We’re in the era of data everywhere. As the Web becomes more social (not there yet — see below), publishers have to look at even more touch points. We spoke with Sachin Kamdar, CEO of social analytics company Parse.ly, about some of the hurdles publishers keep tripping over.
What is biggest issue facing publishers when it comes to understanding social data?
The biggest issue is being able to aggregate other metrics with social data. What publishers do right now is think about social as its own silo. How many shares on Twitter, how many shares on Facebook? How does it intersect with the audience? They need to use pieces of data to come up with a social strategy moving forward. There’s a data problem now, as they aggregate across other data areas of their property. There needs to be one data stream. It’s about being able to surface those intersections for the publishers. Is my social audience different than the standard reader that visits? If so, how do I get them to stay and then share and comment and engage with them?
What are some mistakes that publishers make when looking social data?
The mistake is not going far enough; people treat social as a linear one-off thing — dropping a few social buttons on my site will be enough to get content viral. The other thing is that they just tweet out their own articles. Many publishers will treat social as an RSS feed and link to every post they have. This is not a way to engage with audience. Some digital companies don’t realize it’s not a one-way street. Content is your property; people are talking about it, so engage with them.
So it sounds like publishers need to look at themselves as brands?
I would take it a step further. Not only are publishers brands but so are the content creators themselves. They (reporters) should have all the data transparent to them to understand what audience is resonating with them from a social perspective and leverage that data to grow the audience.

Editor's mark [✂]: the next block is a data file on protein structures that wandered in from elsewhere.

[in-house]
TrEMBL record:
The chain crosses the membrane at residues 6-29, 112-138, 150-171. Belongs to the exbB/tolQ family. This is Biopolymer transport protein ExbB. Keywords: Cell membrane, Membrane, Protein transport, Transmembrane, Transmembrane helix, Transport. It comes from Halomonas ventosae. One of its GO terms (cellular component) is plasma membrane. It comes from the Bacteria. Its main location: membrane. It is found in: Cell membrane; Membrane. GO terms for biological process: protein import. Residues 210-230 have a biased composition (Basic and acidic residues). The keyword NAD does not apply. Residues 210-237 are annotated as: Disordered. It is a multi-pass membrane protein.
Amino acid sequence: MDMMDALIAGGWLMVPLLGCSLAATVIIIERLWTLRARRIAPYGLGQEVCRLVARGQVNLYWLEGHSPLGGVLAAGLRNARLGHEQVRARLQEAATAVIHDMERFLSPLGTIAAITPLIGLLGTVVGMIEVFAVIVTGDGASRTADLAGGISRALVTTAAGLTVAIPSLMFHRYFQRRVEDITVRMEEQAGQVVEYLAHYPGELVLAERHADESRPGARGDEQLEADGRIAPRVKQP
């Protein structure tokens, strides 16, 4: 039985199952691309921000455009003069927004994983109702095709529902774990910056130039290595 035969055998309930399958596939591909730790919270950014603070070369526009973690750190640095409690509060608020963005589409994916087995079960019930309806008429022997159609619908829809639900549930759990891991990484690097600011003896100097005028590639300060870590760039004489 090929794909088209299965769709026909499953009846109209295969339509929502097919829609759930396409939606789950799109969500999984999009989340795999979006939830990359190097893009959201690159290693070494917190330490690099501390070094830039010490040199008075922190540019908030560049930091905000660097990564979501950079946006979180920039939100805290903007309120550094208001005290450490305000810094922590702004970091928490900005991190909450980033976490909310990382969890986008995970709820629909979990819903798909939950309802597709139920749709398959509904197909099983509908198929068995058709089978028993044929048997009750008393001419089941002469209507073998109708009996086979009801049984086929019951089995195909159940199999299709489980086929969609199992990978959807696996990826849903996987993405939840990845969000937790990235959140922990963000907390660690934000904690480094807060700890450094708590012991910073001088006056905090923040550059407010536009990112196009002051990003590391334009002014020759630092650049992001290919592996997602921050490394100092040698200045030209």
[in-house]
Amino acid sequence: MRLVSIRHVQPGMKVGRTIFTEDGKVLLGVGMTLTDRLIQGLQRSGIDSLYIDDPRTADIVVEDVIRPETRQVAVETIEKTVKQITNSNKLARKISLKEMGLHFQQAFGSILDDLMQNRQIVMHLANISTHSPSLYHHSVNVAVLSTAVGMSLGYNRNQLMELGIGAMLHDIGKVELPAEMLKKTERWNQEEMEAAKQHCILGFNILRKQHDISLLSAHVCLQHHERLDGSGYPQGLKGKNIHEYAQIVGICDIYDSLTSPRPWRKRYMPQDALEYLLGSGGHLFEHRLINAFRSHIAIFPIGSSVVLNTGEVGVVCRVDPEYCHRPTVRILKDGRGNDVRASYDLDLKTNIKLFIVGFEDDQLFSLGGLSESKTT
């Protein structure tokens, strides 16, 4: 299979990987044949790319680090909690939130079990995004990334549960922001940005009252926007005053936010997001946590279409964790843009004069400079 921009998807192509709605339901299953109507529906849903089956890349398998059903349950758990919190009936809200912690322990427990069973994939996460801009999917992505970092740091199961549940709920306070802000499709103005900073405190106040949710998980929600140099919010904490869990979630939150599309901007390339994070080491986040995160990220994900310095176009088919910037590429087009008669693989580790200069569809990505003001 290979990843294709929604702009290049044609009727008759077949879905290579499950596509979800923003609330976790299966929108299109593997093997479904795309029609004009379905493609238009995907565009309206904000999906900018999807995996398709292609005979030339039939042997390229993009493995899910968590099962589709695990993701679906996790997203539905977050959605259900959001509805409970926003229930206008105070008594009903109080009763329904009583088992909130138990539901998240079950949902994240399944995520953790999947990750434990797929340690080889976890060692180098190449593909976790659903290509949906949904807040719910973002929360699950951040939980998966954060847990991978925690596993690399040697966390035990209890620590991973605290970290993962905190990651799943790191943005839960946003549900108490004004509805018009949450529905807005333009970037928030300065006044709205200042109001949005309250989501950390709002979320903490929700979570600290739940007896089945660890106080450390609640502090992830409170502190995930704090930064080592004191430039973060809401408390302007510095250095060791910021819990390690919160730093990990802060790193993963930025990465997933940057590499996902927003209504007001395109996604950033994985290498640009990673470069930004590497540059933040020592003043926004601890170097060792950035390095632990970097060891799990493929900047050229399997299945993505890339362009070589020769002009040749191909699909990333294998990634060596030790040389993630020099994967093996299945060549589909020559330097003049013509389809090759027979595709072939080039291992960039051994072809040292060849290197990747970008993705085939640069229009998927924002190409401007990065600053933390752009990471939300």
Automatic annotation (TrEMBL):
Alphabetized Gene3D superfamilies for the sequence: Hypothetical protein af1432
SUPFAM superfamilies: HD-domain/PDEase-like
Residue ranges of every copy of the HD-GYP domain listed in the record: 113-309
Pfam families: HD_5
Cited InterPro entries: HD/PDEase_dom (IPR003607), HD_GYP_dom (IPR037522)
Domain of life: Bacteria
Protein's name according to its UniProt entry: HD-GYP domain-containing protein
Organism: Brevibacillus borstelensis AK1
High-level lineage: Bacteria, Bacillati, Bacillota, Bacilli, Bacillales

But do publishers have resources to do this?
It takes technology to do it. When you think about this, they have to quickly pull in information from social networks into an interface for someone to understand how the data intersects. It would take someone sitting there and listening to what’s happening. There are free tools that can do an OK job; Google Analytics is a good way to start and may have to use that. But it’s more about letting content creators have their conversations about content and engage audiences in a multidirectional fashion, as opposed just posting on the site and waiting for comments.
Has the Internet fully moved from an SEO model to a social model?
Not yet. Search still very much accounts for a good portion of traffic. If you look at growth between the two, social is edging up where search was. Search is sort of flat; someone searches for something, you might now know their keyword. With social, you know the audience and brand and all the things that are interactive with social. It presents an opportunity to build an audience and engage with them. Publishers should leverage the fact that content is sharable; use it to your advantage as a publisher. When you think about social vs. search, SEO is almost commoditized to a certain extent in terms of practices, and in another sense, Google is always changing its algorithm, so it’s tough to optimize without spending a lot of money. The best bet is social where you have the ability to engage and optimize, and don’t need to spend money on an SEO tool or consultant. If you have important things to say, great content, you can use social to augment and push that so content reaches the potential you have instead of relying on search to drive traffic. It can be proactive instead of reactive.
More in Media
Publishers are unsure if blocking AI web crawlers is enough to protect their content from being scraped and used to feed AI tools and systems.
New features include a new chatbot called MetaAI, Bing search integration, new AI image tools, and dozens of celebrity characters.
The Financial Times has launched another lower-priced, subscription-based mobile app product a year after the debut of FT Edit to reach international readers.